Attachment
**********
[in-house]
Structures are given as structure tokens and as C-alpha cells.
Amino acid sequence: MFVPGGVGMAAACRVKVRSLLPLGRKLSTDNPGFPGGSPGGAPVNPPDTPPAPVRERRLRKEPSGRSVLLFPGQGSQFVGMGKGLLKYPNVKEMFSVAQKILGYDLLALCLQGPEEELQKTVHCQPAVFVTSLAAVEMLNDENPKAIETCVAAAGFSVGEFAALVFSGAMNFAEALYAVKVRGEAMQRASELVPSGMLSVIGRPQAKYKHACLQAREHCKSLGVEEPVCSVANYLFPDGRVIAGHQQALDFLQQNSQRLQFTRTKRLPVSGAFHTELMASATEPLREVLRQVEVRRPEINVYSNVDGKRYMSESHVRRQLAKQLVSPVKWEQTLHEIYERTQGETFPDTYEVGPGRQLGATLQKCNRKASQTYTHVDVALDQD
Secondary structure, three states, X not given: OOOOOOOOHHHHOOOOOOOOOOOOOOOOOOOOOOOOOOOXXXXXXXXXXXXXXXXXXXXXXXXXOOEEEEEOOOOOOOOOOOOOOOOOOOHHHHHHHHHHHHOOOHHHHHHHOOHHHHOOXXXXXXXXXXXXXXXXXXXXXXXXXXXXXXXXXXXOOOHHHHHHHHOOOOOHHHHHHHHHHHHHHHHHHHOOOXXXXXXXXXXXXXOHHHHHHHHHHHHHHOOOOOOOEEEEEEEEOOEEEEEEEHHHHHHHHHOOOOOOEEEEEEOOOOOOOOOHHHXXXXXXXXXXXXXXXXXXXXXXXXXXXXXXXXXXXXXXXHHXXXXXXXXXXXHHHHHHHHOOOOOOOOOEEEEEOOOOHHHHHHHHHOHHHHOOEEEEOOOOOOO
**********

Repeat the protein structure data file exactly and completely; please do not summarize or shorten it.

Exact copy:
[in-house]
Structures are given as structure tokens and as C-alpha cells.
Amino acid sequence: MFVPGGVGMAAACRVKVRSLLPLGRKLSTDNPGFPGGSPGGAPVNPPDTPPAPVRERRLRKEPSGRSVLLFPGQGSQFVGMGKGLLKYPNVKEMFSVAQKILGYDLLALCLQGPEEELQKTVHCQPAVFVTSLAAVEMLNDENPKAIETCVAAAGFSVGEFAALVFSGAMNFAEALYAVKVRGEAMQRASELVPSGMLSVIGRPQAKYKHACLQAREHCKSLGVEEPVCSVANYLFPDGRVIAGHQQALDFLQQNSQRLQFTRTKRLPVSGAFHTELMASATEPLREVLRQVEVRRPEINVYSNVDGKRYMSESHVRRQLAKQLVSPVKWEQTLHEIYERTQGETFPDTYEVGPGRQLGATLQKCNRKASQTYTHVDVALDQD
Secondary structure, three states, X not given: OOOOOOOOHHHHOOOOOOOOOOOOOOOOOOOOOOOOOOOXXXXXXXXXXXXXXXXXXXXXXXXXOOEEEEEOOOOOOOOOOOOOOOOOOOHHHHHHHHHHHHOOOHHHHHHHOOHHHHOOXXXXXXXXXXXXXXXXXXXXXXXXXXXXXXXXXXXOOOHHHHHHHHOOOOOHHHHHHHHHHHHHHHHHHHOOOXXXXXXXXXXXXXOHHHHHHHHHHHHHHOOOOOOOEEEEEEEEOOEEEEEEEHHHHHHHHHOOOOOOEEEEEEOOOOOOOOOHHHXXXXXXXXXXXXXXXXXXXXXXXXXXXXXXXXXXXXXXXHHXXXXXXXXXXXHHHHHHHHOOOOOOOOOEEEEEOOOOHHHHHHHHHOHHHHOOEEEEOOOOOOO